FAIRMONT, W.Va. (WBOY) — Have you ever wondered how your honey ends up on the dinner table? Sure, it comes from bees, everyone knows that, but what about all the behind-the-scenes work that goes into that bear-shaped bottle?

Debbie Martin, master beekeeper (WBOY image)

Meet Debbie Martin, the third female Master Beekeeper in West Virginia and one of many beekeepers in the state. She has been an apiarist for 14 years and has managed as many as 32 different hives at a single time.

There are three ranks of beekeepers: apprentice, certified and master, with each level requiring a written and practical exam to advance. Martin has been working on becoming a master beekeeper for five years but said without the pandemic, she would have been able to get it sooner.

So how is honey actually made?

To understand how honey is made, let’s go over the different types of bees in a hive:

  • Queen – The queen lays the eggs and gets pampered by everyone else.
  • Workers – Workers do several jobs for the hive, like foraging for nectar, maintaining the hive and feeding larvae.
  • Drones – Drones are the only males in the hive, and their sole existence in life is to find the queen, mate with her, and then die.
LISTEN: Queen bees will “pipe” to communicate with the other bees or to find other queens so they can fight to become the hive’s only queen.

First, forager bees will leave the hive to get nectar from flowers, visiting anywhere between 50 to 100 flowers in a single trip. The foragers will come back and regurgitate the nectar into the waiting mouths of other worker bees. These workers will continue to regurgitate the nectar to each other until their digestive enzymes break down the nectar into simple sugars like glucose and fructose. Charming.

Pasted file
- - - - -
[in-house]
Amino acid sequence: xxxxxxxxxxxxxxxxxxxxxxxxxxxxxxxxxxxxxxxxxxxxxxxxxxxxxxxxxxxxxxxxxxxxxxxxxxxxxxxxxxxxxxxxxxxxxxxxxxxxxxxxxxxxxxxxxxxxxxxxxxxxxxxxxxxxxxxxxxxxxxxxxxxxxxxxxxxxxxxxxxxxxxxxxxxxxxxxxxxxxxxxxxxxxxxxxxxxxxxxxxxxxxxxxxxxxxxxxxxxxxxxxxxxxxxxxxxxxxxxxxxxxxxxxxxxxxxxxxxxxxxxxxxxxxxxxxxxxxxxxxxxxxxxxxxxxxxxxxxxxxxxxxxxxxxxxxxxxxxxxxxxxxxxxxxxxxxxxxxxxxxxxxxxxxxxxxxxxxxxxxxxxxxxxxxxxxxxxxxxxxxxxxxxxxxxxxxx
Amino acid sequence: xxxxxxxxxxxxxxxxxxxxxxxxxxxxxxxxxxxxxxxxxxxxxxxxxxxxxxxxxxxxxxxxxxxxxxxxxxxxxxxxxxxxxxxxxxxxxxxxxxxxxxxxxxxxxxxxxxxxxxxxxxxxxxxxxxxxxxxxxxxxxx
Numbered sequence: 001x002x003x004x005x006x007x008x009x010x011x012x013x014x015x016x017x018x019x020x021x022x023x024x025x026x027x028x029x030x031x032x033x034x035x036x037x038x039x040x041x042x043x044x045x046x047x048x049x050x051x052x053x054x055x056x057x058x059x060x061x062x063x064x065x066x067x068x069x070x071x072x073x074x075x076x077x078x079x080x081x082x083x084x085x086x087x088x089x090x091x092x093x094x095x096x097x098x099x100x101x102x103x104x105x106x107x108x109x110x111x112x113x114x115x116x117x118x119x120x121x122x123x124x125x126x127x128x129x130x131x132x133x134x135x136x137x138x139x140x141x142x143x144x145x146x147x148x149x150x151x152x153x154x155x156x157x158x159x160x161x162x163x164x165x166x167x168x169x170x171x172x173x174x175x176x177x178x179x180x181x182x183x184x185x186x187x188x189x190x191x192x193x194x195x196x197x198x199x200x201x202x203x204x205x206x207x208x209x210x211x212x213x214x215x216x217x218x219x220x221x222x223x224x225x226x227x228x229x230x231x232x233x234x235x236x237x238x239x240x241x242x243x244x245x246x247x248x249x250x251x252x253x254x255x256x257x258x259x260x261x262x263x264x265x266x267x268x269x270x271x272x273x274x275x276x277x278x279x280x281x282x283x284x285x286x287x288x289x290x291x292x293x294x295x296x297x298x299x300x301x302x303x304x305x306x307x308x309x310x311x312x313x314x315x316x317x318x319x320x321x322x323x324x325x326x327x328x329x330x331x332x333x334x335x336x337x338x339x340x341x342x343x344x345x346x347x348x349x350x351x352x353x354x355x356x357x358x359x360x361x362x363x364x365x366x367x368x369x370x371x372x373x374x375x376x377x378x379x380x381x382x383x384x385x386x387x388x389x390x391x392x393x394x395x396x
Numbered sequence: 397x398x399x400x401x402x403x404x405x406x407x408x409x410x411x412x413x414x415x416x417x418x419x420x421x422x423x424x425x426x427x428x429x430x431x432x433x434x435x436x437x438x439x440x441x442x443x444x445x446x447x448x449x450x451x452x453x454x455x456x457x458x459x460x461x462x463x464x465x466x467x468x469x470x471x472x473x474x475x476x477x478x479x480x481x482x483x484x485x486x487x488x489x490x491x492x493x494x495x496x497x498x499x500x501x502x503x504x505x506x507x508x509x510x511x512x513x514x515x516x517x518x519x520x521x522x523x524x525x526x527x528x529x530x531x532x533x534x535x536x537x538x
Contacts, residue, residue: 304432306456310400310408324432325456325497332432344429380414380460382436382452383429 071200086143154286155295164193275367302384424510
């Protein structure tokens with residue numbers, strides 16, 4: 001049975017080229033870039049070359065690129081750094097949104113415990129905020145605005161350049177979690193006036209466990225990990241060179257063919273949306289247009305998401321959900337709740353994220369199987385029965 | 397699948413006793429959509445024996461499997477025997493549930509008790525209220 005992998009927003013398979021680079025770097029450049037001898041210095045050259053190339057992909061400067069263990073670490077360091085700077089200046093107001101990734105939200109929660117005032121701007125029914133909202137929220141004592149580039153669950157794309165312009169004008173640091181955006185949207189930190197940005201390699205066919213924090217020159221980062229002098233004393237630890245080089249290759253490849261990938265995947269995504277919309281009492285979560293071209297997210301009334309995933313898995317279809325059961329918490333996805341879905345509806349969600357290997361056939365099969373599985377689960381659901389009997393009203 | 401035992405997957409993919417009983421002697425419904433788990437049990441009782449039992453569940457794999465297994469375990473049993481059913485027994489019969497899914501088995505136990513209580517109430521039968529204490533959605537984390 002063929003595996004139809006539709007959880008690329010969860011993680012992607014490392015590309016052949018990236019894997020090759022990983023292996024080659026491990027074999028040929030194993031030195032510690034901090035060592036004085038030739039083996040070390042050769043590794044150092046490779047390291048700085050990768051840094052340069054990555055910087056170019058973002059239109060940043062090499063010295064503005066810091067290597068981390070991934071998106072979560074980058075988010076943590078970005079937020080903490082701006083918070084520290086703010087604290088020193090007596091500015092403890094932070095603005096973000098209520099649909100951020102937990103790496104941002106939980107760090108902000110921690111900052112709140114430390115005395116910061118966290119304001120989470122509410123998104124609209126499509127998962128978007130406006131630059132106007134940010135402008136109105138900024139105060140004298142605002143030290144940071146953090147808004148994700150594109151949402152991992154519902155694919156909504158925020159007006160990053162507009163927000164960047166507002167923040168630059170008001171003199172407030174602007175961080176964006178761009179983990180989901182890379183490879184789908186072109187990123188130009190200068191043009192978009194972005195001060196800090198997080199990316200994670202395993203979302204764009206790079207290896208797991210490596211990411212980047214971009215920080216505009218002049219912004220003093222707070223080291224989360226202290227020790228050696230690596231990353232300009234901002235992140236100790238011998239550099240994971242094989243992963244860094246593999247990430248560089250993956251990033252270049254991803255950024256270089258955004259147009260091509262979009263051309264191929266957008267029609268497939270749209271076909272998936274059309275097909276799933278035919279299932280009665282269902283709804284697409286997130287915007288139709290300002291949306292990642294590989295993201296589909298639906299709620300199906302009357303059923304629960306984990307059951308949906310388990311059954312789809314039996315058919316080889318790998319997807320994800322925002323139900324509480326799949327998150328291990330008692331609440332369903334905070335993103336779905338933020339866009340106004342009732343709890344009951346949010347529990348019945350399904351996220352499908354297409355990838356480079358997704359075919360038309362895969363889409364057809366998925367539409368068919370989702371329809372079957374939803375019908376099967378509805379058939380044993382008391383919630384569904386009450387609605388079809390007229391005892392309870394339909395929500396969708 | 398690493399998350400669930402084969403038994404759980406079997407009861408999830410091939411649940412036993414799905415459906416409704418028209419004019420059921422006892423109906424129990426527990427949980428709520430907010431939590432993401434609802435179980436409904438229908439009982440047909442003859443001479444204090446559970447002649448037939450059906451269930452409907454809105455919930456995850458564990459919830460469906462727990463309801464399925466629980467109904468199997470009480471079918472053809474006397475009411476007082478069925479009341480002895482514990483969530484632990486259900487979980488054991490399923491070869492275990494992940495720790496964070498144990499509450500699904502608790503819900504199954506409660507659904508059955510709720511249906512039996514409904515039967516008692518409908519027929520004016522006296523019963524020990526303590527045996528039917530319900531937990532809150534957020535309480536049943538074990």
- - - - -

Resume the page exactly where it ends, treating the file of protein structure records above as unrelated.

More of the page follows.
Even after breaking down the nectar, the water content is still very high, so bees will beat their wings over the honey to dry it out, creating a cell full of viscous honey. The cell is then capped with beeswax and will likely be eaten during the winter when the bees can’t forage for more.

Those panels are called “honey supers,” and once they are full, the caps will be cut off and the super is placed inside an extractor that spins the super until the honey is drained out. From there the honey is ready to be bottled and sold.

“We don’t filter our honey, we don’t strain it, we don’t freeze it, we don’t cook it. It’s pure, raw, right out-of-the-box honey,” Martin said.

Martin said she puts out her supers in April and removes them towards the end of July for harvesting. The rest of the honey the bees produce is left for them to use during the winter.

How often do you get stung?

Clusters of bees can go from having anywhere between 60,000 to 80,000 bees in the summer down to just 5,000 to 10,000 bees in the winter. Martin said that right now, each of her boxes contains somewhere between 50,000 to 60,000 bees.

So far she has been very lucky this year and has only gotten stung three times, and one of them was at another apiary.